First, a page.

Meantime, a federal audit of California's high-speed rail started in April and is expected to be completed soon. The U.S. probe is looking at the Federal Railroad Administration's oversight of funds awarded to the project.
There's a risk the Trump administration could force the state to pay back $3.5 billion if the project misses a new deadline or if it finds misspent funds. The state has four years to meet a federal deadline but could miss it unless the Central Valley construction progresses essentially twice as fast as it has to date, according to the state audit.
"It's not a train to nowhere," Newsom told the Times. "It's insulting to suggest the Central Valley is nowhere. This is an economic development project, connecting the fastest growing and most dynamic economic regions in the country. That project is achievable and realistic."
Patterson, a former mayor of Fresno, said Newsom should put the brakes on the project when he takes the reins of state government. Political insiders say Newsom is unlikely to pull the plug on the entire project but may force changes in the rail authority.
"What Gavin Newsom is suggesting cannot be done," said Patterson. "My experience with Gavin Newsom is he talks a good political game but he's absolutely short on the details and how to get it done."
For one, Patterson said there are challenges posed by the tunneling through the Pacheco Pass that is required to connect San Francisco to the Central Valley. He said there's "no plan and no financing" to do what the audit calls "complicated tunneling."
According to the state auditor, the rail authority has identified funding of over $28 billion that it believes "will be sufficient to complete initial segments" of the line between Madera and north of Bakersfield and between San Francisco and Gilroy. Of the total, though, less than $13 billion in funding has actually been secured.
At the same time, there's not enough money to complete the rest of the system between San Francisco and Los Angeles since that is now estimated to cost over $77 billion, according to the audit. The business plan issued earlier this year warned the cost of the system could approach $100 billion.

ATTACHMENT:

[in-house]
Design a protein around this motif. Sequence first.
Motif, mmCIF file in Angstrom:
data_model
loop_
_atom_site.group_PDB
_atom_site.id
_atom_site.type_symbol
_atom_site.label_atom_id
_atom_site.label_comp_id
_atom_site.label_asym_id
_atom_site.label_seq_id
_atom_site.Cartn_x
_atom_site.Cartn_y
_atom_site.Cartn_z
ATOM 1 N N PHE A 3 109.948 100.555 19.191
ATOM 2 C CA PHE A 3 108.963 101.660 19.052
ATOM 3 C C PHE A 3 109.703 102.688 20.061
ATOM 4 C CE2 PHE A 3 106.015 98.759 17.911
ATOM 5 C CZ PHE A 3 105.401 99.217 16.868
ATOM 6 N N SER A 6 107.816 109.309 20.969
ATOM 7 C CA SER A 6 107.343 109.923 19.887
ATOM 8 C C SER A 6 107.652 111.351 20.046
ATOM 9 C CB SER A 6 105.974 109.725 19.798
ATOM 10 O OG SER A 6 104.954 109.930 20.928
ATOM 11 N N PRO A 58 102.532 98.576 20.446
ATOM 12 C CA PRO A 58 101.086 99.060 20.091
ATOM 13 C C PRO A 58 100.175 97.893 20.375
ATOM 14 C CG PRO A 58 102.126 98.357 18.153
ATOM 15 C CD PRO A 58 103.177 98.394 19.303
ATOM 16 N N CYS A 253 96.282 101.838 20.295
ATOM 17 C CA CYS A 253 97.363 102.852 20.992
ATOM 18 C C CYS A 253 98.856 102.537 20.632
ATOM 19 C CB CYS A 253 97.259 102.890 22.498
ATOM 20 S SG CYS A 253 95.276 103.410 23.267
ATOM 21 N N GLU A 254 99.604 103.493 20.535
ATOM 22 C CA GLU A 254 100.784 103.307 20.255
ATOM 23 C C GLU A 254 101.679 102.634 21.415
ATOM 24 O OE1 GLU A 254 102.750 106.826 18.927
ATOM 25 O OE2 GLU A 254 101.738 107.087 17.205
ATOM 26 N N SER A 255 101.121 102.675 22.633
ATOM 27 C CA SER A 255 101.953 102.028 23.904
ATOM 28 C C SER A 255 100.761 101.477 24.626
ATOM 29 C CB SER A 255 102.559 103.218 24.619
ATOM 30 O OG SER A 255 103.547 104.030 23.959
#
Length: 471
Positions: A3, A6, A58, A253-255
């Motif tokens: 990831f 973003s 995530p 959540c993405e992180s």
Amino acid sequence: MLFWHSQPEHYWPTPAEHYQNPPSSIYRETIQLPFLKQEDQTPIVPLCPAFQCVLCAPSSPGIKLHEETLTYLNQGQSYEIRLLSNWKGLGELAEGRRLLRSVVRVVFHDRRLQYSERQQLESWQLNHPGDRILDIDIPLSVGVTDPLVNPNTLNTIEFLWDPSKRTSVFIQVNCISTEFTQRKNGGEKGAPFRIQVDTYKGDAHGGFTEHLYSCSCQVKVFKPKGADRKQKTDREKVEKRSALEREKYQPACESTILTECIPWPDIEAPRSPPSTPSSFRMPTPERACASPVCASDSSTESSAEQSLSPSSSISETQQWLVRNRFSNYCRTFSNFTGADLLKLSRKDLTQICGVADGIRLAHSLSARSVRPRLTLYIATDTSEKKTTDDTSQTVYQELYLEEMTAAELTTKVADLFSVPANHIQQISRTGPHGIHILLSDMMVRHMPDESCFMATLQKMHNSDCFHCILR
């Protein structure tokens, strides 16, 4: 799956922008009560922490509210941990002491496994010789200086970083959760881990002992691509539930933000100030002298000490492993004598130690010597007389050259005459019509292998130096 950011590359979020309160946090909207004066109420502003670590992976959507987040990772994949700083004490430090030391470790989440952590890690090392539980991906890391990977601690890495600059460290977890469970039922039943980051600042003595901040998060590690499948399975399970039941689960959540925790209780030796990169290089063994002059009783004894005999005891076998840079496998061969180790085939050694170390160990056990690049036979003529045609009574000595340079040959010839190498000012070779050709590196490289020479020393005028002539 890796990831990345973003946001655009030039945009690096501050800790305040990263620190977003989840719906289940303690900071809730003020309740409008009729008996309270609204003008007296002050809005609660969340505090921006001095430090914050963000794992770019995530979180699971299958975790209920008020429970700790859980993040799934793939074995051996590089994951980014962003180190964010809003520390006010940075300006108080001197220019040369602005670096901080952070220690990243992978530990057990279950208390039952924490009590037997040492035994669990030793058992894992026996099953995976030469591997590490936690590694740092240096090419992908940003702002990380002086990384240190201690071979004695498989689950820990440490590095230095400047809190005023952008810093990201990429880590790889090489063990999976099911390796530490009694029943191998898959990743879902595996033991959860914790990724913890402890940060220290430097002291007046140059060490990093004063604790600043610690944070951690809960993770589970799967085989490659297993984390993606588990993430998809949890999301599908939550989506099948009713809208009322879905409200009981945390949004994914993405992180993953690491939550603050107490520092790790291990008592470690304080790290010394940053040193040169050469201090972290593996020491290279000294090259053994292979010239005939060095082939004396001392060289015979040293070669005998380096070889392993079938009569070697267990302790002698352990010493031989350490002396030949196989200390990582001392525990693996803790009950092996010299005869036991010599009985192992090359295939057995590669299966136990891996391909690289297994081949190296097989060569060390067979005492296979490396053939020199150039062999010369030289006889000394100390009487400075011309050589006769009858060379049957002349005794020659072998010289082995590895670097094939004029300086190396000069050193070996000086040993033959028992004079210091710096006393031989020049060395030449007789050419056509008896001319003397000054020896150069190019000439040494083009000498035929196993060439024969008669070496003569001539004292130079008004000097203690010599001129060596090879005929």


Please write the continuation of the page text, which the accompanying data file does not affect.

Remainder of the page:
Voters authorized nearly $10 billion in rail bonds for the project in 2008. There's also been about $3.5 billion in federal funds available and other money from about 25 percent of the proceeds from the state's emissions trading program, or the quarterly cap-and-trade auction, designed to reduce greenhouse gases.
The cap-and-trade auction held earlier this month resulted in the state generating over $813 million in revenue, meaning the high-speed rail project stands to get about $200 million in new funds. So far, the rail project has received about $2 billion in funds from the auction.
The rail authority is projecting it will get $4 billion to $4.5 billion in the future from the cap-and-trade auction through 2030. It also estimates it could get nearly $4 billion to $11 billion in additional funds it is able to borrow against future cap-and-trade revenues through a federal loan or public-private partnership.
Yet some suggest the auction of emission allowances has been volatile in recent years and could weaken, as they did a few years ago. As a result, they believe it may be risky to rely on these auction revenues for financing major projects.
"The revenue from the program is highly uncertain," said Danny Cullenward, a Stanford University energy economist and researcher at the climate-change think tank Near Zero. "It's not likely that you'd see significantly higher revenues in the near future. In fact, you may see them dip down as the volume of allowances goes down."